Daily Commentary – Thursday, November 12, 2015 – 9/11 is Still Claiming Victims After Fourteen Years
- One week ago, 51 year old Lt. Marci Simms of Long Island, NY died of lung cancer, 14 years after working at ground zero
Daily Commentary – Thursday, November 12, 2015 Download
Daily Commentary – Monday, September 7, 2015 – Just Got Back From A Trip Thru Montana, Idaho and Washington and Witnessed All the Smoke From the Fires
- Those emergency personnel that put their lives on the line to battle these fires are the real heros
Daily Commentary – Monday, September 7, 2015 Download
Daily Commentary – Friday, August 14, 2015 – California Fires Burning Up Some Medical Marijuana Farms
- Cannabis plants that are growing around some of state’s fires, especially the Rocky Fire near Clear Lake are in jeopardy of being destroyed in the fires
Daily Commentary – Friday, August 14, 2015 Download
HAPPY BIRTHDAY, SMOKEY THE BEAR TURNED 70 ON FRIDAY, AUGUST 8, 2014.
Wow, hard to believe that Smokey the Bear turned 70. Smokey the Bear is probably one of the best and enduring PSA’s put out by the government and the US Department of Forestry. Over the decades Smokey the Bear has had makeovers. Personally, I like the 50′s and 60′s Smokey. What is most interesting is that Smokey’s PSA’s were not originally from the Forestry department, but from the “Wartime Ad Council” instead. Smokey’s job was to warn Americans of the danger of forest fires, not those set by Americans, but by the Japanese. During World War II, Japan launched fire bombing balloons into the jet stream hoping to destroy American natural resources.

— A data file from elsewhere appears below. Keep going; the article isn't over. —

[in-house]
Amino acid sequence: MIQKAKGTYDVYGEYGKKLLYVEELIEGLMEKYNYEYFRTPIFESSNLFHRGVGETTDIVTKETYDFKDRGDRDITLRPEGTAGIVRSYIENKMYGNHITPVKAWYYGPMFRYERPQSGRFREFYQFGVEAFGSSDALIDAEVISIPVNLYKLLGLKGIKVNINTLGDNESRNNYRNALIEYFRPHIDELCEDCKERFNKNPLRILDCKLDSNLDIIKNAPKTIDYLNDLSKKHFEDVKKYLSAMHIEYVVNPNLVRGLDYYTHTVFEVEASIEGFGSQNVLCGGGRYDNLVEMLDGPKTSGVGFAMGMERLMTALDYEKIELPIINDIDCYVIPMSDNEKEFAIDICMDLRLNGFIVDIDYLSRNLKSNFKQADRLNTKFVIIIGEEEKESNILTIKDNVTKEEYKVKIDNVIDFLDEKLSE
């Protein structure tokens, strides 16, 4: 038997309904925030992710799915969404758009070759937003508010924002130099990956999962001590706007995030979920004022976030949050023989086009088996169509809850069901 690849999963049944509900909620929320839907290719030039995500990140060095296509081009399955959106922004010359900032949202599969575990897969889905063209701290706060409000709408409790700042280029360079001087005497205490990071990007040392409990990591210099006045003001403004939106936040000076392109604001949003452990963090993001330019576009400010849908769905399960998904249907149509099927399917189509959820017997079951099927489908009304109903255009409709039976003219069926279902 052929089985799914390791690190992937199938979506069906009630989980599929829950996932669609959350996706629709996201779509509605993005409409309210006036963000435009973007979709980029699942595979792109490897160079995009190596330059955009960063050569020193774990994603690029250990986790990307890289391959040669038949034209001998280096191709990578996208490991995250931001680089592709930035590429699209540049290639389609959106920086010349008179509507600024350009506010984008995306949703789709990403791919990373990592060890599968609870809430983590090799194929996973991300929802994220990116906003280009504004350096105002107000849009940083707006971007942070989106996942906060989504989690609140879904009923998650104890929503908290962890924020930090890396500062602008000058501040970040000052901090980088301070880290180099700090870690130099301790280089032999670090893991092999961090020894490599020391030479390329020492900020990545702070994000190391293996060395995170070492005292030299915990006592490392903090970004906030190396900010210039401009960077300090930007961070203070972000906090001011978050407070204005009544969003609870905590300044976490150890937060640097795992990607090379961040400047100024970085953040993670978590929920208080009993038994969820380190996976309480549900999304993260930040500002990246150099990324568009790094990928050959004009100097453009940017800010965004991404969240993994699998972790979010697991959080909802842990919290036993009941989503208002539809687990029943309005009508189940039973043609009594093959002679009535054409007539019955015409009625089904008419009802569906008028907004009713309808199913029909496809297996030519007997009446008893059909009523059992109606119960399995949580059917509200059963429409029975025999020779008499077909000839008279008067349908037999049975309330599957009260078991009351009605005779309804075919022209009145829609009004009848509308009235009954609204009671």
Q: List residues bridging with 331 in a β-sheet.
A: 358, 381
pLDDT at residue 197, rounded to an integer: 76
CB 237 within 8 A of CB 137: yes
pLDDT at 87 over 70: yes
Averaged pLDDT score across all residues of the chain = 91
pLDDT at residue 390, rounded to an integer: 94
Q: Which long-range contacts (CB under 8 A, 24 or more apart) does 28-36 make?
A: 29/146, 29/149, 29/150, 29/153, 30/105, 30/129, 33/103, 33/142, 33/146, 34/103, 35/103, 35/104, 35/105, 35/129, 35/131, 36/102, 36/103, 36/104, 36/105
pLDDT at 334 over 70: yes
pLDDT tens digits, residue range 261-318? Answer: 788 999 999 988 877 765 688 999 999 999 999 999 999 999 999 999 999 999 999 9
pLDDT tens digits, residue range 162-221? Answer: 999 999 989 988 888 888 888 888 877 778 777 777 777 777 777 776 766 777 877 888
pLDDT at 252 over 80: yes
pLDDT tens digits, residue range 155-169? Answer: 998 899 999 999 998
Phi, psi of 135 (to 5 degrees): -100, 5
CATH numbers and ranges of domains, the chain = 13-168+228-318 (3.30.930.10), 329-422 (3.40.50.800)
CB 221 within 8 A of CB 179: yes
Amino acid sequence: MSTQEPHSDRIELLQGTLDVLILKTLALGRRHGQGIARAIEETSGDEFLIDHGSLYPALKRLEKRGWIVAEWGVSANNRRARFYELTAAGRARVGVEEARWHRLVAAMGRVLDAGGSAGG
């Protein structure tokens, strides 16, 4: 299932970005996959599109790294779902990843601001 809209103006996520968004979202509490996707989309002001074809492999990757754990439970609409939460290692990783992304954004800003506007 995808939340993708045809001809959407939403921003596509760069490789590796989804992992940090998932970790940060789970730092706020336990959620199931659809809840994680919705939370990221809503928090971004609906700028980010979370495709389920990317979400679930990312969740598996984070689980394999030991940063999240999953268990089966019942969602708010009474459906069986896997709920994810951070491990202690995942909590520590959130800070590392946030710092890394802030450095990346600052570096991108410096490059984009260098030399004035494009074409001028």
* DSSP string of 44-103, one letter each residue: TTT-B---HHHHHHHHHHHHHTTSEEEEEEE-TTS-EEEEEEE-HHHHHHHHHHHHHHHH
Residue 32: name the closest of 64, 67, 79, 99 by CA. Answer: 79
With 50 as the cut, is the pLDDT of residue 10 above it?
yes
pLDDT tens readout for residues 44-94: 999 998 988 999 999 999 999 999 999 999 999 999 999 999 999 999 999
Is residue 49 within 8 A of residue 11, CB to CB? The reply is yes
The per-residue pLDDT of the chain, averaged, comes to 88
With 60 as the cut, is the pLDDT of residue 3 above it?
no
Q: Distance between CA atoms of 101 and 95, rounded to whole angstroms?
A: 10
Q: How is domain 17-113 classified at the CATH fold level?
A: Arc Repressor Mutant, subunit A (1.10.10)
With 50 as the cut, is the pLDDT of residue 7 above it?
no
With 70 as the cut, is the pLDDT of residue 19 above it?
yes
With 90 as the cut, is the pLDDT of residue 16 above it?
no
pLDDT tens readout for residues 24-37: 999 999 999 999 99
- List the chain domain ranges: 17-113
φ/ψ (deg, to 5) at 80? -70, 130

Remember … Only You!
The Forest Service unveiled Smokey Bear as a symbol for fire prevention on Aug. 9, 1944. Tidwell said the country averaged about 160,000 wildfires annually in 1944, compared with 60,000 today, a decline he attributes to the Smokey Bear campaign.
Up to 90 percent of U.S. wildfires are caused by humans, according to the National Park Service.
Tidwell said today’s wildfires tend to be larger due to drier, hotter weather. With more people living near forested areas, Smokey’s message is more relevant than ever, he said.
Smokey The Bear Song – 1952
He goes to work in blue jeans and utters only one sentence, but his message is loud and clear – “Only you can prevent wildfires.”
Smokey Bear just turned 70 years old, and his image is getting a reboot, reports CBS News’ Ben Tracy.
“Smokey has had a little work done. His costume has been updated… He’s got a fresh new look,” said Peggy Conlon, president of the Advertising Council, the organization that has overseen Smokey’s iconic image from the beginning.
“Ninety-four percent of Americans recognize Smokey Bear,” she said. “He’s really survived generations. And he’s beloved and everybody remembers his phrase.”
Smokey was created in 1944, one of the first campaigns from the newly created “Wartime Ad Council.” The same folks also coined the phrase, “loose lips sink ships.”
Smokey’s job was to warn Americans of the danger of forest fires — not those set by Americans — but by the Japanese. During World War II, Japan launched fire bombing balloons into the jet stream hoping to destroy American natural resources.